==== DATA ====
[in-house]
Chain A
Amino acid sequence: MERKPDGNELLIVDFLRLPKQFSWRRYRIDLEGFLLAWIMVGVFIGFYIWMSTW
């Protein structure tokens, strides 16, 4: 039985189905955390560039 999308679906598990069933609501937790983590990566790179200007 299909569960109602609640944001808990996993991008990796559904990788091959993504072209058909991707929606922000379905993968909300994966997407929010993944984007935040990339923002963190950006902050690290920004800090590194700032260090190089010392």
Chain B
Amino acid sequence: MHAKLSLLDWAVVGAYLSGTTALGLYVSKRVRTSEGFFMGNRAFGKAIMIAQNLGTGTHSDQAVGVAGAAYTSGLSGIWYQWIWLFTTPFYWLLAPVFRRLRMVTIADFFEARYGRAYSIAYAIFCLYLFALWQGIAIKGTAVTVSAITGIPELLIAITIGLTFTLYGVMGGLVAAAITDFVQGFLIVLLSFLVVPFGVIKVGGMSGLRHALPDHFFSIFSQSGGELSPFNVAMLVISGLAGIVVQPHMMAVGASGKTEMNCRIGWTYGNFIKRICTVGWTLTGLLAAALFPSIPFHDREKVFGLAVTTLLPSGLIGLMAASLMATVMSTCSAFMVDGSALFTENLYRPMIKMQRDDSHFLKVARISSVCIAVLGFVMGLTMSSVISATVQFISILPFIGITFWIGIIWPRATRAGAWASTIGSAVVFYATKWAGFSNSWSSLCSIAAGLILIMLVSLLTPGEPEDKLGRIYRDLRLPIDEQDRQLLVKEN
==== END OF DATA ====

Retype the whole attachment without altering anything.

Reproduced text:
[in-house]
Chain A
Amino acid sequence: MERKPDGNELLIVDFLRLPKQFSWRRYRIDLEGFLLAWIMVGVFIGFYIWMSTW
């Protein structure tokens, strides 16, 4: 039985189905955390560039 999308679906598990069933609501937790983590990566790179200007 299909569960109602609640944001808990996993991008990796559904990788091959993504072209058909991707929606922000379905993968909300994966997407929010993944984007935040990339923002963190950006902050690290920004800090590194700032260090190089010392």
Chain B
Amino acid sequence: MHAKLSLLDWAVVGAYLSGTTALGLYVSKRVRTSEGFFMGNRAFGKAIMIAQNLGTGTHSDQAVGVAGAAYTSGLSGIWYQWIWLFTTPFYWLLAPVFRRLRMVTIADFFEARYGRAYSIAYAIFCLYLFALWQGIAIKGTAVTVSAITGIPELLIAITIGLTFTLYGVMGGLVAAAITDFVQGFLIVLLSFLVVPFGVIKVGGMSGLRHALPDHFFSIFSQSGGELSPFNVAMLVISGLAGIVVQPHMMAVGASGKTEMNCRIGWTYGNFIKRICTVGWTLTGLLAAALFPSIPFHDREKVFGLAVTTLLPSGLIGLMAASLMATVMSTCSAFMVDGSALFTENLYRPMIKMQRDDSHFLKVARISSVCIAVLGFVMGLTMSSVISATVQFISILPFIGITFWIGIIWPRATRAGAWASTIGSAVVFYATKWAGFSNSWSSLCSIAAGLILIMLVSLLTPGEPEDKLGRIYRDLRLPIDEQDRQLLVKEN